|Director: Milos Forman|
|Screenplay: Milos Forman, Jaroslav Papousek, Ivan Passer, & Václav Sasek (story by Milos Forman, Jaroslav Papousek, & Ivan Passer)|
|Stars: Hana Brejchová (Andula), Vladimír Pucholt (Milda), Vladimír Mensík (Vacovsky), Ivan Kheil (Manas), Jirí Hruby (Burda), Milada Jezková (Milda's Mother), Josef Sebanek (Milda's Father), Josef Kolb (Prkorny) |
|MPAA Rating: NR|
|Year of Release: 1965|
While the filmmakers of the French New Wave were heralded for their politically minded subversions of the Hollywood "invisible" style of continuity and the Italian Neorealists were praised for the gritty realism they brought to the cinema, the filmmakers of the Czech New Wave in the 1960s did something much simpler, but no less profound: They brought a new level of seriocomic intimacy to the movies by focusing on the oft-overlooked details of human experience. Nothing particularly bold in thematic terms, and certainly not rocking the stylistic boat, the films of the Czech New Wave grabbed audiences by their quiet study of humanity—the little foibles and truths and moments of inadvertent comedy that we all understand, but were so rarely acknowledged in the larger-than-life world of the cinema.
Milos Forman's Loves of a Blonde (Lásky jedné plavovlásky) is a perfect example of this trend of filmmaking, which produced what are often referred to as "experiential films." Told with a simple eye toward character and a deep understanding of human weakness and silliness, Loves of a Blonde is a funny, often moving depiction of the youthful romantic urge and the unfortunate disappointment that often follows. When first released, it was a subject of notoriety for its frank depiction of sexual activity (which, of course, now looks blissfully tame), but even then it was impossible to miss the simple pleasures it offers in studying human interaction.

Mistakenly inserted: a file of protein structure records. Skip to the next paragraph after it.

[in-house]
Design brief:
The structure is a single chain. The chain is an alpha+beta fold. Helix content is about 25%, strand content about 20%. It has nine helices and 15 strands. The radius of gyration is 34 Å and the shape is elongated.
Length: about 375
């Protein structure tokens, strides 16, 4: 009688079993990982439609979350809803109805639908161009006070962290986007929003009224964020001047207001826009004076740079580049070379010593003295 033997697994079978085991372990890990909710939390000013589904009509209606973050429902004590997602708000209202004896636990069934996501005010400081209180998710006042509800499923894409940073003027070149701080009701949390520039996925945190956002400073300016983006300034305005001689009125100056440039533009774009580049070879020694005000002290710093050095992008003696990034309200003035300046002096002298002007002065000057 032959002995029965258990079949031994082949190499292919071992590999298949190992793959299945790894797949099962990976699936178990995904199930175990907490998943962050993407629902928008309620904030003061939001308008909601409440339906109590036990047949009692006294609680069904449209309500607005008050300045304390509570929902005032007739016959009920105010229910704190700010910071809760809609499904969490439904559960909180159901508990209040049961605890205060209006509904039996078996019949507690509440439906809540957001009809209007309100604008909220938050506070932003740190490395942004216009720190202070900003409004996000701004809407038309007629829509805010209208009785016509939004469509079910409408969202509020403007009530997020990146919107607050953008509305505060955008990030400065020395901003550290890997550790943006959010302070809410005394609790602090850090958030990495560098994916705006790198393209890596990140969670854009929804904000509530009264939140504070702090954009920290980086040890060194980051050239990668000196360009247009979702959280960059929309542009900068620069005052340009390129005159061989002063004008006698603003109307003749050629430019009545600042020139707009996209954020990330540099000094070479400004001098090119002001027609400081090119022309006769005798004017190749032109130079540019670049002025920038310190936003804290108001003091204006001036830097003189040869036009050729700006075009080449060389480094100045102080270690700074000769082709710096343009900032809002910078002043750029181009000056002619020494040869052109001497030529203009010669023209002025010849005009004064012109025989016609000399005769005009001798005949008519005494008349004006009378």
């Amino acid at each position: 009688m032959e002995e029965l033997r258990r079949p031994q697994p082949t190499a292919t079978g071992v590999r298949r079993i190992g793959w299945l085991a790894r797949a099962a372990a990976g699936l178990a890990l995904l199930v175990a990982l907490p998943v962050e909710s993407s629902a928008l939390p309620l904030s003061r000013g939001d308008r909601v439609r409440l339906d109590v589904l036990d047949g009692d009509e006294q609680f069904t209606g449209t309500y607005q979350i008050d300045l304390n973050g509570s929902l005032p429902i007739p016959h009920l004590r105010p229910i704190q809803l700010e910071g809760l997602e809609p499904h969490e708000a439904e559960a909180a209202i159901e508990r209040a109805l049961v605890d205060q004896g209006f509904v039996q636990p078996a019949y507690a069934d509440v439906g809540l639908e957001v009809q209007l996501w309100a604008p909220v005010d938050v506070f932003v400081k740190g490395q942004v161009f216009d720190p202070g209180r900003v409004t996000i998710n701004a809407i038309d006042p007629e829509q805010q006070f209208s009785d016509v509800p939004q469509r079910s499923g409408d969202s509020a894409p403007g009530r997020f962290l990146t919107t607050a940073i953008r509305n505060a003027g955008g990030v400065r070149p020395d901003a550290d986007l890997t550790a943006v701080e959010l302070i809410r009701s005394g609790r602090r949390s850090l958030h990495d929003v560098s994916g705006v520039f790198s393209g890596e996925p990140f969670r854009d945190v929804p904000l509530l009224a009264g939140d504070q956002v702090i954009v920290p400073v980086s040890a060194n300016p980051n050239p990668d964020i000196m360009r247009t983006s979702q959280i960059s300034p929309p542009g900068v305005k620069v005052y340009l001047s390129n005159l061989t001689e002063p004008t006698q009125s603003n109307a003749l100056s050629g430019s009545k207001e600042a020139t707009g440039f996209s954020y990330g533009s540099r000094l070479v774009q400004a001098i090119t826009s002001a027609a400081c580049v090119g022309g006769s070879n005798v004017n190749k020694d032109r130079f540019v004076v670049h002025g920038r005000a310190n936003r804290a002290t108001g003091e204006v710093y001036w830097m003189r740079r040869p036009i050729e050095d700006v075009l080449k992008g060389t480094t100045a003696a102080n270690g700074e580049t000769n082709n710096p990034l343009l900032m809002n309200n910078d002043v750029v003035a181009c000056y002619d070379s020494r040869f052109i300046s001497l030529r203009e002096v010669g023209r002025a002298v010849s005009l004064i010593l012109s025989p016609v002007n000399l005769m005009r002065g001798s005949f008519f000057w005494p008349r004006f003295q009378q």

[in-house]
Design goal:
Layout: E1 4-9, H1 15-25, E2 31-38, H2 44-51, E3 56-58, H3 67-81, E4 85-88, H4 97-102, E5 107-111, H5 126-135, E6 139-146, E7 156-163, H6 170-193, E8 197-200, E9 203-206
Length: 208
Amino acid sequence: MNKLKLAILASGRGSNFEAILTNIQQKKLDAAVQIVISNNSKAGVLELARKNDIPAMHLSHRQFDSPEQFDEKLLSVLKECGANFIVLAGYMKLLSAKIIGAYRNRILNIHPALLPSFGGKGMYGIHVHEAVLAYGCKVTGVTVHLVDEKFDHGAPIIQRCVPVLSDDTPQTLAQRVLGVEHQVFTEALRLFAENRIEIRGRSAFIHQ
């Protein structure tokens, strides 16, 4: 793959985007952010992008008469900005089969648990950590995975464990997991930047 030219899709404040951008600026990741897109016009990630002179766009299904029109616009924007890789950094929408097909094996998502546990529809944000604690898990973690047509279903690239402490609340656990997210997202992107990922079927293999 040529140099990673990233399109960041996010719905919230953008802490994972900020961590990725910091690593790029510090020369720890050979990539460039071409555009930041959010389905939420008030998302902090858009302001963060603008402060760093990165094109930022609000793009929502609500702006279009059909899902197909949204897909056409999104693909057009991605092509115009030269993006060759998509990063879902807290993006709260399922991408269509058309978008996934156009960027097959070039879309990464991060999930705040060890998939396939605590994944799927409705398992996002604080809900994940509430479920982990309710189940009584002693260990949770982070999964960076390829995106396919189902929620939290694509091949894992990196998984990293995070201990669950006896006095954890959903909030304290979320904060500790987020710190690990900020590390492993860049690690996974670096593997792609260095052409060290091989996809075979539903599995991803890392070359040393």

The story takes place in Zruc, a tiny industrial town in Soviet-controlled Czechoslovakia in which the women (most of whom were brought there to work in a shoe factory) outnumber the men 16 to 1. The protagonist is a young, blonde-haired woman named Andula (Hana Brejchová)—she's not particularly independent or enterprising, but she is interesting nonetheless because she so fully embodies the immediately recognizable human desire to love and be loved. Of course, when you're competing with 15 other women for each man, the chances of finding true love are slim, so it's hard not to blame her when she goes to bed with a wily young pianist named Milda (Vladimír Pucholt) who comes through town one night to play at a mixer attended by the female factory workers and the men stationed at a nearby military base.
The mixer itself is a brilliant and extended comic setpiece that elicits smiles of recognition, rather than guffaws of laugher. During this first section of the film, three unattractive, middle-aged reserve soldiers (Vladimír Mensík, Ivan Kheil, and Jirí Hruby) plot and devise means to get together with Andula and her two friends. The soldiers are a joke, but they don't seem to realize it, and they are so assured of themselves that, when a bottle of wine they send over to Adula and her friends is mistakenly delivered to a different table of girls, they have the audacity to make the waiter return and take it away from them.
The middle portion of the film concerns Andula's night spent with Milda. Forman plays carefully with the setup, allowing the situation to gradually develop in a slow, natural progression. Milda ironically uses the excuse of teaching Andula self-defense techniques to wear down her defenses, and she gives in to him sexually, proclaiming that she trusts him more than anyone, perhaps because she needs at that moment to believe such a statement. This portion of the film is about more than sex, though—it is about the conversation and the feelings that go along with it, which is crucial for understanding the film's third act, when Milda turns out to be not what Andula had hoped for.